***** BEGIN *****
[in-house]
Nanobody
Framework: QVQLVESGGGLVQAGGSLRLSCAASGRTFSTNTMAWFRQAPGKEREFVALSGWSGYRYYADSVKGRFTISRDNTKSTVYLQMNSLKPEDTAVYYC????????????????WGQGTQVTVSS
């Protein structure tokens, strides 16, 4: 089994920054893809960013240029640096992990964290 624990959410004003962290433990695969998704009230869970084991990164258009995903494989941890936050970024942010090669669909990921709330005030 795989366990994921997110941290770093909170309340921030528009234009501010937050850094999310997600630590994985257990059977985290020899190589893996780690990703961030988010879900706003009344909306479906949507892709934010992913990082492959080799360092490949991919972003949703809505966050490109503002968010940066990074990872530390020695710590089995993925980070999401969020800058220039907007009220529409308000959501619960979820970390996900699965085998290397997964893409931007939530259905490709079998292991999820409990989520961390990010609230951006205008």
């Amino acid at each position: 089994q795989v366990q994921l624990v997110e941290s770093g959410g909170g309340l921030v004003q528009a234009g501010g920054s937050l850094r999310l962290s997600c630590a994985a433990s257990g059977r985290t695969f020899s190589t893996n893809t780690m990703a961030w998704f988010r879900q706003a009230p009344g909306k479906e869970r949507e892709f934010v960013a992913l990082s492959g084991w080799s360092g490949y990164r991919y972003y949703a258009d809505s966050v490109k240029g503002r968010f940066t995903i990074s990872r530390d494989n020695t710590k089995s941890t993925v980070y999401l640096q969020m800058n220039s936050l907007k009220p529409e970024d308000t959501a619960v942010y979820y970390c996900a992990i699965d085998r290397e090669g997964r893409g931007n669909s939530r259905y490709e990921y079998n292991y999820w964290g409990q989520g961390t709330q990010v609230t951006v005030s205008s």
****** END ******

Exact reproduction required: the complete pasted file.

[in-house]
Nanobody
Framework: QVQLVESGGGLVQAGGSLRLSCAASGRTFSTNTMAWFRQAPGKEREFVALSGWSGYRYYADSVKGRFTISRDNTKSTVYLQMNSLKPEDTAVYYC????????????????WGQGTQVTVSS
């Protein structure tokens, strides 16, 4: 089994920054893809960013240029640096992990964290 624990959410004003962290433990695969998704009230869970084991990164258009995903494989941890936050970024942010090669669909990921709330005030 795989366990994921997110941290770093909170309340921030528009234009501010937050850094999310997600630590994985257990059977985290020899190589893996780690990703961030988010879900706003009344909306479906949507892709934010992913990082492959080799360092490949991919972003949703809505966050490109503002968010940066990074990872530390020695710590089995993925980070999401969020800058220039907007009220529409308000959501619960979820970390996900699965085998290397997964893409931007939530259905490709079998292991999820409990989520961390990010609230951006205008």
């Amino acid at each position: 089994q795989v366990q994921l624990v997110e941290s770093g959410g909170g309340l921030v004003q528009a234009g501010g920054s937050l850094r999310l962290s997600c630590a994985a433990s257990g059977r985290t695969f020899s190589t893996n893809t780690m990703a961030w998704f988010r879900q706003a009230p009344g909306k479906e869970r949507e892709f934010v960013a992913l990082s492959g084991w080799s360092g490949y990164r991919y972003y949703a258009d809505s966050v490109k240029g503002r968010f940066t995903i990074s990872r530390d494989n020695t710590k089995s941890t993925v980070y999401l640096q969020m800058n220039s936050l907007k009220p529409e970024d308000t959501a619960v942010y979820y970390c996900a992990i699965d085998r290397e090669g997964r893409g931007n669909s939530r259905y490709e990921y079998n292991y999820w964290g409990q989520g961390t709330q990010v609230t951006v005030s205008s």